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Enquiry from Online Galleries regarding "‘The Swing’ A Very Fine English 18th Century Pastoral Tapestry"
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A Very Fine English 18th Century Pastoral Tapestry
Possibly Soho, London, Circa 1770.
Woven in silks and wools, depicting la fête champêtre, with a group of country folk enjoying an afternoon together in a clearing behind a house.
In the centre of the tapestry a young man guides two women, in rustic dress, on a swing suspended between two trees. To the left foreground a woman plays a game of skittles, her back arching with the weight of the heavy ball as she pulls back to release it towards the skittles, the nine-pins lined up in the central plane of the tapestry. Two men stand on the opposite side watching her efforts, deep in conversation, while another woman reclines under a tree. The stylised picture frame border is decorated with scrolling acanthus-wrapped shell clasps, against a blue outer slip with acanthus and guilloche bands.
The design, although apparently unified, is in fact based on an assemblage of figures taken from different printed sources; designed to appeal to the English taste for eighteenth century Watteauesque painting, and their delight in the earlier relaxed everyday depiction of country life by artists such as David Teniers the younger (16-10-1690).
The paintings of Watteau and Teniers had a profound influence on English tapestry production. Designs by Antoine Watteau and his two principal followers, Jean-Baptiste Pater and Nicolas Lancret were adapted by many of the weavers, often of Flemish origin, with pastoral scenes of the fête galante and the fête champêtre; while the works of David Teniers proved an untiring resource for character and activity.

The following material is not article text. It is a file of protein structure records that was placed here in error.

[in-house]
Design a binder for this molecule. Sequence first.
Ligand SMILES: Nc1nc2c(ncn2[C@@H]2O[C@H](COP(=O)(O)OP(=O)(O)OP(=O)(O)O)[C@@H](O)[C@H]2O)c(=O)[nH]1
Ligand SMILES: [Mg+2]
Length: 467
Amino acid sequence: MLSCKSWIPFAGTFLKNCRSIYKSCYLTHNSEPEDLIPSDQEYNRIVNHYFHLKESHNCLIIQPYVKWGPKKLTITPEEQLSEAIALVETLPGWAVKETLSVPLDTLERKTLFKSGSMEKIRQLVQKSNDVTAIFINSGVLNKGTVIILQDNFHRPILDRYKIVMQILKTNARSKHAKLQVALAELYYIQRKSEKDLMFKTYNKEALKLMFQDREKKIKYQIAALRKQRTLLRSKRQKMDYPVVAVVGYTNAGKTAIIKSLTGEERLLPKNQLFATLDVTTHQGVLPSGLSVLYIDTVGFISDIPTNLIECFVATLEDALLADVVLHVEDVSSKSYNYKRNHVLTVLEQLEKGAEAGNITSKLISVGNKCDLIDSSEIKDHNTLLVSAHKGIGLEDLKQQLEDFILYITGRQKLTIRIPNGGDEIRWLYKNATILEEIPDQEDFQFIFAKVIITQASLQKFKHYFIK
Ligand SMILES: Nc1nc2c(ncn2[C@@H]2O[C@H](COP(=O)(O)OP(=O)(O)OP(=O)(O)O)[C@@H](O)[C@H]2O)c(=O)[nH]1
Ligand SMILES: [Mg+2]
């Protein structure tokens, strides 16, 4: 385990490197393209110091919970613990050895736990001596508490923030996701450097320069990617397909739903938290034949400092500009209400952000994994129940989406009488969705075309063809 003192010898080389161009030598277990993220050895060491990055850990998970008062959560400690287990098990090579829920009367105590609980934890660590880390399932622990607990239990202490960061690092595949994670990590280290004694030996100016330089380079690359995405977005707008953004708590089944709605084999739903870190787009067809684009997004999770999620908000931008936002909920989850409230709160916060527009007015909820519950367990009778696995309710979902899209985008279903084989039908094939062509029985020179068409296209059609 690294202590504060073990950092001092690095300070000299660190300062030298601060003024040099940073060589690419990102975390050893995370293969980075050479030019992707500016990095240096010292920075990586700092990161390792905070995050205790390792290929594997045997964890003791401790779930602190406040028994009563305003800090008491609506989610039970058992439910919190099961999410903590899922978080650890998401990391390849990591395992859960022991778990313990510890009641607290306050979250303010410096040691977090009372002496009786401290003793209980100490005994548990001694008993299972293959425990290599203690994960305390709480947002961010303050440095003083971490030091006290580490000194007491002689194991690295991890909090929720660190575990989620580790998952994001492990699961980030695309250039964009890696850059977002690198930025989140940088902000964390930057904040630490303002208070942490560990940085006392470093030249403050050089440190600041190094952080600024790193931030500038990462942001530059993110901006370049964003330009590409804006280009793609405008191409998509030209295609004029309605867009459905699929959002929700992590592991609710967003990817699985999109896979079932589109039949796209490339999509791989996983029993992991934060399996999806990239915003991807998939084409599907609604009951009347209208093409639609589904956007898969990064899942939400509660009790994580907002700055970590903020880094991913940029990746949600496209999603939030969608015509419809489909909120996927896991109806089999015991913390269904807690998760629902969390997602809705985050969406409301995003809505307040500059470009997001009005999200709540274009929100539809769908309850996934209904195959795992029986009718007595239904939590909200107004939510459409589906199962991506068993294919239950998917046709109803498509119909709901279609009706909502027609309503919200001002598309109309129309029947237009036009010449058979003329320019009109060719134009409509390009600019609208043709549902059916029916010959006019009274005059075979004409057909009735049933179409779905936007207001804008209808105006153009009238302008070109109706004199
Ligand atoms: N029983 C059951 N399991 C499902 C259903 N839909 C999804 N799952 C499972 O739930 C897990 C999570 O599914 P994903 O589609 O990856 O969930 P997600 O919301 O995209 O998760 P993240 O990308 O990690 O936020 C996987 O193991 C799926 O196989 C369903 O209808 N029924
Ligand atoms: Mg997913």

For example, a pastoral tapestry, also entitled 'The Swing', by William Bradshaw, one of Soho’s most famous tapestry weavers, installed at Ham House circa 1750, includes figures from at least three different sources. The couple swinging are after Jean-Baptiste Pater's 'La Balançoire', the pair in the right foreground are after Antoine Watteau's 'Le Bosquet de Bacchus', engraved by Charles Nicolas Cochin in 1727, and the seated woman and kneeling man in the centre relate to Watteau's 'Assemblée Galante'.
English tapestry production was much less prolific than in the rest of Europe, mainly relying on Flemish weavers, who had made England their home. Surviving examples are therefore comparatively rare and highly sought after.
English tapestries produced in the 18th century are commonly known as Soho tapestries, reflecting the fact that the most prominent makers lived and worked in the Soho area of London. Tapestry weaving in Soho derived ultimately from the workshops established under royal patronage at Mortlake in 1619, which was responsible for tapestry production of unrivalled quality until its demise in 1703.
One cannot fully appreciate the charm of the present tapestry from its photograph alone, the subtle nuances of colour and the liveliness and unstudied approach to its design are echoed in the superb quality of its weaving.
Ed. Guy Delmarcel, ‘Flemish Tapestry Weavers Abroad’: Emigration and the Founding of Manufactories in Europe : Leuven University Press, 1 Jan 2002.
|Height||275.00 cm||(108.27 inches)|
|Width||325.00 cm||(127.95 inches)|